Revelatory. Inspirational. True.
Revelatory. Inspirational. True.
This morning’s annual Recognition Breakfast honored several outstanding teachers, a half-dozen retirees, and all of us who have service anniversaries this year.
I received a Webster keyring in honor of five years this year (the actual date is June 16).
Jeanine York-Garesche is a 15-year employee this year; she’s our clarinet professor.
Thirty-year faculty (!) are Kevin Gianino, Dee Pavelka, Daniel Schene, Gary Sims,, and Carolbeth True.
And my colleague Bob Chamberlin, Professor of Music and head of music theory, is completing 40 years of teaching this year!
I attended last evening the Conservatory senior follies show, something that is really a few funny moments coupled with dozens of long-standing awards. Laughter commingled with tears for most of the evening.
I barely held back my own tears as I watched two of my students say goodbye, both of them long before having given over to their own emotion. And in the blink of a watery eye, my mind was back 30 years ago.
Thirty years ago this month I graduated from university. My recollection is that I cried pretty much through the entire day of graduation and on the long drive to my new home in southern Missouri. College had been the best four years of my life, and I had developed friendships there that I knew would never be the same in their immediacy.
I watch the students in my own department, and I see these friendships develop over four years, more or less. ‘Tis no wonder that we feel powerful emotions at that culminating moment.
We faculty feel something just as powerful, but more nuanced, for we know that our job is teach, inspire, impart, and love these students for a while, then send them on to the next step in their journey. Our journey is filled with a cycle of welcome/goodbye, something that happens every year. That longer view doesn’t lessen the loss we feel when a special student, a keen and eager and talented young musician and scholar, crosses the stage for the last time at college. But the longer view does help with some perspective and clarity.
That I still say prayers of thanksgiving by name for some of my high school and college teachers (and mentors) is a testament of the long view that they took years ago in imparting their knowledge and wisdom to me. They paid it forward. I trust that I’m doing the same.
But this weekend may be a weepy one as Webster University celebrates another Commencement Day.
Jean the Magnificent is squealing with delight today, doing a happy dance. In six months, she and her staff have produced printed programs for 106 different performances. And today is the last day of class for the 2012-13 school year. Everyone is happy, especially the office manager….
We invite you to experience our final musical offerings for Spring 2013! Here are a few of the concerts and recitals in the next week.
Friday, April 26 at 7 p.m. – Concert Series: New Music Ensemble. Community Music School room 11, 535 Garden Ave, 63119. $
Saturday, April 27 at 12 noon – Hans Gabor Belvedere Singing Competition preliminary round, featuring five emerging singers. Moore Auditorium, 470 E Lockwood, 63119. Free!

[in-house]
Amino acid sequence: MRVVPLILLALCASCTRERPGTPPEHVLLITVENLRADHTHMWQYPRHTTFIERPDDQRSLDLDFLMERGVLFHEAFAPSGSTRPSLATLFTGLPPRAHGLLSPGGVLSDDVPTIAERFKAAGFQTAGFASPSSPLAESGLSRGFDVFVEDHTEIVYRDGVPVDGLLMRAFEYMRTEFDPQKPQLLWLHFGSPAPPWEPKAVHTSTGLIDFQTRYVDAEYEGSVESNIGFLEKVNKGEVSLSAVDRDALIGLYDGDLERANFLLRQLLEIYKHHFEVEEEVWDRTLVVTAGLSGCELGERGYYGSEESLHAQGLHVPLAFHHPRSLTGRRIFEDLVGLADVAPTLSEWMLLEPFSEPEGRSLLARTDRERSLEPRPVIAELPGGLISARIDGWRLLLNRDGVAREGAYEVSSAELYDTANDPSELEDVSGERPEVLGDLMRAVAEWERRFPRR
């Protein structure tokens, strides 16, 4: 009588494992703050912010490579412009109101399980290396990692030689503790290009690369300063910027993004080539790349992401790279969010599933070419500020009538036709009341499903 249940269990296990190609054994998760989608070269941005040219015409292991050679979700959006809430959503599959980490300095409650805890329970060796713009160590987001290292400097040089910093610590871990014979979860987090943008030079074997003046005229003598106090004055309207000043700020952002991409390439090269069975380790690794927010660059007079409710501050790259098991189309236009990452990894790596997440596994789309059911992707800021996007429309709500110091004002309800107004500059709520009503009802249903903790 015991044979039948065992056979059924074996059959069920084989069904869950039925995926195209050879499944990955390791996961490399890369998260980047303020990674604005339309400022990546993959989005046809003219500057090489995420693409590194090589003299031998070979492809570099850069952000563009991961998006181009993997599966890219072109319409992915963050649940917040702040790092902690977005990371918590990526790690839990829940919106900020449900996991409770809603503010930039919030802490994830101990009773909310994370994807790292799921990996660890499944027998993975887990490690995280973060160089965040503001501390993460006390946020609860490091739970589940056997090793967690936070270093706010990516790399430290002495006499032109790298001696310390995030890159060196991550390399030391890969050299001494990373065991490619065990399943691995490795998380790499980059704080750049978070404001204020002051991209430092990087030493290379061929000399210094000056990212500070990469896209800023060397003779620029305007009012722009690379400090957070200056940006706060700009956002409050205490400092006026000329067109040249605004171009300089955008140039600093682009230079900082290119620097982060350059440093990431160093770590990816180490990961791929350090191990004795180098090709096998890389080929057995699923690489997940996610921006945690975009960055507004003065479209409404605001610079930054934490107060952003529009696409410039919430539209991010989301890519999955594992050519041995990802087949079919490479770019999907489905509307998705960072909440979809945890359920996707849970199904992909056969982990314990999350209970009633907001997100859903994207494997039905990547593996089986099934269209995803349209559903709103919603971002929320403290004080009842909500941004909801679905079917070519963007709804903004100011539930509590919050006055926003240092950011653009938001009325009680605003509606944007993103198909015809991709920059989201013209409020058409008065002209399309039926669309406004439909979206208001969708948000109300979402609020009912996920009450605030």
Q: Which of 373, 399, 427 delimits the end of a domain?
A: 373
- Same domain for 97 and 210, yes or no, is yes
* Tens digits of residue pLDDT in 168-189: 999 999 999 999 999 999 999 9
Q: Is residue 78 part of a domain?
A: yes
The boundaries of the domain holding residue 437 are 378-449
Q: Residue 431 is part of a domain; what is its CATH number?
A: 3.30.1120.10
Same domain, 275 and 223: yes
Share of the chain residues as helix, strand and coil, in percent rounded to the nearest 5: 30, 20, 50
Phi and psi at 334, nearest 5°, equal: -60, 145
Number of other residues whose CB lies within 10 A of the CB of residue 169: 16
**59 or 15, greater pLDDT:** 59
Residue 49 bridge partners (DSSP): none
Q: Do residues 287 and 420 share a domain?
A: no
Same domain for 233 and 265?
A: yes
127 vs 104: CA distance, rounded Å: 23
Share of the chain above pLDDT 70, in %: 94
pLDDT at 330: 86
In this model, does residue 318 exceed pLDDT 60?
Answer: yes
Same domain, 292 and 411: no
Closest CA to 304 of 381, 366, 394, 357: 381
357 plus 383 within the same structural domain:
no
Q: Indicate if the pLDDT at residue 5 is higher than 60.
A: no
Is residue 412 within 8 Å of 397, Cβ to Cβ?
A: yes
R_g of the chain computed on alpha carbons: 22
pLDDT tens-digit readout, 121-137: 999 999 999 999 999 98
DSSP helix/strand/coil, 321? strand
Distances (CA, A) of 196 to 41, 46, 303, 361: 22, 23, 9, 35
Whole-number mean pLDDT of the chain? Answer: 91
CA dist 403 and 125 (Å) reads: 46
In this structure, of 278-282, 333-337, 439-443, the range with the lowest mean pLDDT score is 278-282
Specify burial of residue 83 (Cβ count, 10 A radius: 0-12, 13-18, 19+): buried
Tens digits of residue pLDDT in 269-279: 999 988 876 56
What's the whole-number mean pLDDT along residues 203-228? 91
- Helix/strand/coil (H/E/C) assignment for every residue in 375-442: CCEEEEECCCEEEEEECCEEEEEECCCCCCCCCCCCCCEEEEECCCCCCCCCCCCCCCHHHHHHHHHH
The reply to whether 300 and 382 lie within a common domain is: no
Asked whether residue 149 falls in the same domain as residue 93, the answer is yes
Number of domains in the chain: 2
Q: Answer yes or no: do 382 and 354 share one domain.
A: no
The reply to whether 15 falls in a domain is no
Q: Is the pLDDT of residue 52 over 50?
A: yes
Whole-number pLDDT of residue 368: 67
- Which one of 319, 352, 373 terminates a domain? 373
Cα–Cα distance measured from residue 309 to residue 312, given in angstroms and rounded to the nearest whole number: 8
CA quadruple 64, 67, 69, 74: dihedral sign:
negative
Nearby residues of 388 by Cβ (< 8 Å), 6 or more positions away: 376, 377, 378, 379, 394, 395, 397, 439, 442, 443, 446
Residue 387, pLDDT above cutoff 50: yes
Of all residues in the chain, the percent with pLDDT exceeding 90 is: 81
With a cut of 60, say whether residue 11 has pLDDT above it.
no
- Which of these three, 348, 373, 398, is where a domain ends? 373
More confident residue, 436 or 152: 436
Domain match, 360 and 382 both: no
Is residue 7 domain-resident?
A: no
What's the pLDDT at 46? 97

Sunday, April 28 at 7.30 p.m. – Webster Presents: Webster University Choirs, conducted by Trent Patterson and Martha Hart. Community Music School, 535 Garden Ave, 63119. $
Monday, April 29 at 7 p.m. – Webster Presents: Webster Wind Ensemble & Webster Jazz Collective, conducted by James Martin. Community Music School, 535 Garden Ave, 63119. $
What an extraordinary concert . . . and afternoon . . . this was!
Bob Chamberlin is the senior faculty member in the Department of Music. During his time at Webster, Bob has also been Director of the London campus, Acting Dean of Students, and Director of Academic Advising.
The one constant in Bob’s long career has been his creative life as a composer (along with his marriage to the delightful Jan, and his other roles as father, organist, and punster).
Bob is quick-witted, ever-smiling, and one of the most genuinely lovely people I know. I value his guidance and wisdom, and respect him tremendously.
Two years ago, our colleague Pat Partridge, Canon Musician at Christ Church Cathedral, suggested that one of the concerts on the Shepley Series there feature music by Bob. Today was the day.
Over the course of 90 minutes, we heard Bob’s music sung by choirs, played by a tuba, rung by handbells. There was organ, piano, percussion, flute, strings, brass. And a bagpipe.
We heard hymn tunes. And songs about fish. Aleatory music, and carefully crafted toccatas.
The breadth and inventiveness of this extraordinary man . . . and the humor he brings to everything he does . . . was truly present today.
Add to that a full house and an appreciative audience, and one has a wonderful April afternoon.
Monday, April 1 at 7 p.m. – Concert Series: Music for Baroque cello, with Ken Kulosa and friends. Moore Auditorium, 470 E Lockwood, 63119. $
Monday, April 1 at 7 p.m. – Jazz at Webster: Student Jazz Combos. Community Music School room 10, 535 Garden Ave, 63119. $
Wednesday, April 3 at 8 p.m. – Jazz at Webster: Paul DeMarinis, saxophone, and Kim Portnoy, piano, in faculty recital. Thompson Music Building recital hall, 8282 Big Bend, 63119. Free! (Note the 8 p.m. start time.)
Sunday, April 7 at 2 p.m. – Webster Presents: Perspectives – The Music of Bob Chamberlin, on the Shepley Concert Series. Christ Church Cathedral, 13th and Locust, Saint Louis. Free!
Monday, April 8 at 7 p.m. – Concert Series: Chamber Music for Voice and Flute, with Martha J. Hart, voice and Paula Kasica, flute in a faculty recital. Moore Auditorium, 470 E Lockwood, 63119. $
Monday, April 8 at 7 p.m. – Jazz at Webster: Student Jazz Combos. Community Music School room 10, 535 Garden Ave, 63119. $
Voces8 led a master class with Chamber Singers last week. Take a look!